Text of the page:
Palo Alto boasts a plaza named after a flamboyant banker, and streets named after tree species and Victorian writers, but it would be a vain search for a street sign honoring one of the city's most illustrious residents, David Packard.
The City Council balked Monday night at naming a small cul-de-sac in the Barron Park neighborhood after the philanthropist and Hewlett-Packard co-founder, whose home and garage on Addison Avenue are widely recognized as the "Birthplace of Silicon Valley."
"I find myself offended that we'd choose David Packard's name to apply to about the smallest street you can have in town," Councilman Larry Klein said. "This is, after all, David Packard, founder of the most iconic company in our history."
The city's planning staff and the Palo Alto Historical Association both recommended that the council name a street in a new four-lot subdivision near the 700 block of Matadero Road "Packard Court."
In addition to the street size problem, Klein criticized the city's overall policy for naming streets and parks, noting that some are named after individuals of little significance while others have generic or vague names. He cited Heritage Park at Homer Avenue and Waverley Street as an example.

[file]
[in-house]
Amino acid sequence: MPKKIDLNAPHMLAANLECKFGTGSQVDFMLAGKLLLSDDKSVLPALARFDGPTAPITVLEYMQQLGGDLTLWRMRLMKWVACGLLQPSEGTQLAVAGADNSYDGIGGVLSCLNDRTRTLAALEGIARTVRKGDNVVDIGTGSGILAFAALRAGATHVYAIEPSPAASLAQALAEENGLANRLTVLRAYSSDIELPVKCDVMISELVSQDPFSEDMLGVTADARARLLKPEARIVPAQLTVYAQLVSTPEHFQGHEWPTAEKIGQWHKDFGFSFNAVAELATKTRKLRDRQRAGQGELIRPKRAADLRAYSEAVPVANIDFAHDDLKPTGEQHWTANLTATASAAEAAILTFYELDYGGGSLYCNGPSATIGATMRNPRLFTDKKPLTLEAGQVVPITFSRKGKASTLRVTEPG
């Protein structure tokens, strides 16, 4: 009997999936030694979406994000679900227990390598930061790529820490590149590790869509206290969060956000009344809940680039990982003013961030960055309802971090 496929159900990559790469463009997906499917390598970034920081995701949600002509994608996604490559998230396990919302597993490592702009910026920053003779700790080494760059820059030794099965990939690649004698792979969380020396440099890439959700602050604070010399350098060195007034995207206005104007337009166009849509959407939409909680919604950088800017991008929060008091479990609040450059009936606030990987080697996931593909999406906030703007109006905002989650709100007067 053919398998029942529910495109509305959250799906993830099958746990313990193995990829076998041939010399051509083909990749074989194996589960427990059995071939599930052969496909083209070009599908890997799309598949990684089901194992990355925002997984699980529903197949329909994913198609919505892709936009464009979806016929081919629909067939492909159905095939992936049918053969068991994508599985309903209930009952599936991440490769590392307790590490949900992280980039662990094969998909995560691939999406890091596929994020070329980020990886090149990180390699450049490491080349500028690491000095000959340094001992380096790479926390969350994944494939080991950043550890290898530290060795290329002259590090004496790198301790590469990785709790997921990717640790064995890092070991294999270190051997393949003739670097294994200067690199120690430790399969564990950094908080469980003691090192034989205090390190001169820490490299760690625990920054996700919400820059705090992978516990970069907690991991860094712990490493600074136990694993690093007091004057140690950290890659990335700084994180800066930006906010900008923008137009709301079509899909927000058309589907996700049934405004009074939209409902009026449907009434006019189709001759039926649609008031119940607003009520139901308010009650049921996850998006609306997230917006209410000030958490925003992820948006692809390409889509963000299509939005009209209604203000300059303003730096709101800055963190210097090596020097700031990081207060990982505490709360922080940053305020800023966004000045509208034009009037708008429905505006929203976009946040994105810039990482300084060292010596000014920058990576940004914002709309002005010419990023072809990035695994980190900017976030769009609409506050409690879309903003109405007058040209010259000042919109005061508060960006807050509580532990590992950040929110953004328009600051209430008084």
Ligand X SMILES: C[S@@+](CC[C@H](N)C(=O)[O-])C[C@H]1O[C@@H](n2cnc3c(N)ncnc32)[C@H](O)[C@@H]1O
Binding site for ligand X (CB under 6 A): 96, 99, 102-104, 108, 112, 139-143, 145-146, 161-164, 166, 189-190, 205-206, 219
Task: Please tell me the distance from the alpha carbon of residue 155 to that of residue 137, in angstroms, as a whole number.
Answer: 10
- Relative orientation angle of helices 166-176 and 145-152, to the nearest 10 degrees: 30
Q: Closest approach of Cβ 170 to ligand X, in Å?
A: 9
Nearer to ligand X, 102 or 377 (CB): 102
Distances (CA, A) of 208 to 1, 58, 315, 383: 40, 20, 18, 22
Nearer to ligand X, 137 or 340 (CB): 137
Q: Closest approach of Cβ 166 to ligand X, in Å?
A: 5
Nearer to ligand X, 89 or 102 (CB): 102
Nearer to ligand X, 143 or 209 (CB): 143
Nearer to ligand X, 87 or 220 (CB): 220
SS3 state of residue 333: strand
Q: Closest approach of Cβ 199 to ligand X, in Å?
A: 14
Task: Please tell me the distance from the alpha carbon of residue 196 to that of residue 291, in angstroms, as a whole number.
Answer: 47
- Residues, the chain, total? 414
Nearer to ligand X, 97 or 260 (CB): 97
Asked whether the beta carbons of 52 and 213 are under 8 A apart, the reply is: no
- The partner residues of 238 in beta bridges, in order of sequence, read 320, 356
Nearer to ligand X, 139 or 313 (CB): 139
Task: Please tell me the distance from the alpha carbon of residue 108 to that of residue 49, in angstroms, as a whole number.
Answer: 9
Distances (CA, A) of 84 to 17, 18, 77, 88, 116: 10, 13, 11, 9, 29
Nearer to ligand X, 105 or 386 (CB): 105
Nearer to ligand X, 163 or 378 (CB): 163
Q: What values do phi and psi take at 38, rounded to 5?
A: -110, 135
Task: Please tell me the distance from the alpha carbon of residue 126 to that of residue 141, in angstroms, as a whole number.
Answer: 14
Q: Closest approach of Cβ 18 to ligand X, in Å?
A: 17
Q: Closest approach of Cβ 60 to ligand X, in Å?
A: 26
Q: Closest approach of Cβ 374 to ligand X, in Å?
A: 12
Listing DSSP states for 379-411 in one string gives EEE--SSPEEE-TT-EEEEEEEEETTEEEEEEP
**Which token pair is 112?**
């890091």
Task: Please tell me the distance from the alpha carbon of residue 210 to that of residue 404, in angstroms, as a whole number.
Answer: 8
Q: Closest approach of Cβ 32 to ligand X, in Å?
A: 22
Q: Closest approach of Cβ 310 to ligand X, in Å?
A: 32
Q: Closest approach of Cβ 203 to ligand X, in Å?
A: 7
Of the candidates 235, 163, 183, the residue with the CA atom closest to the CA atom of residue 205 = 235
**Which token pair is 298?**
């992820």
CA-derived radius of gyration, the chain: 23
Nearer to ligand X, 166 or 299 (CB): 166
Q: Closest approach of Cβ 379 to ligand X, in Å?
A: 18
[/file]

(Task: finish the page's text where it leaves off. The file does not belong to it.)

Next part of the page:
"It seems like we're all over the place without guidance and guidelines on that," Klein said.
The council unanimously voted to direct its Policy and Services Committee to take a fresh look at street-naming practices. Currently, the council receives a list of names from the Palo Alto Historical Association and then votes on the association's recommendations. In this case, "Packard Court" was the only street name recommended, Advance Planning Manager Steven Turner said in a report.
Karen Holman, who had served on the Palo Alto Historical Association's board of directors, said the process of naming streets is challenging for the association because of the "availability of locations to name."
"Opportunities for naming sometimes don't present themselves in a way that accomplishes the goals of the association either," Holman said.
The council agreed with Klein's assertion that the city needs to "establish a more rational naming system for streets, parks and everything among us -- so we don't name one of the smallest things after our all-time giant."
The Policy and Services Committee will take on this task early in 2011.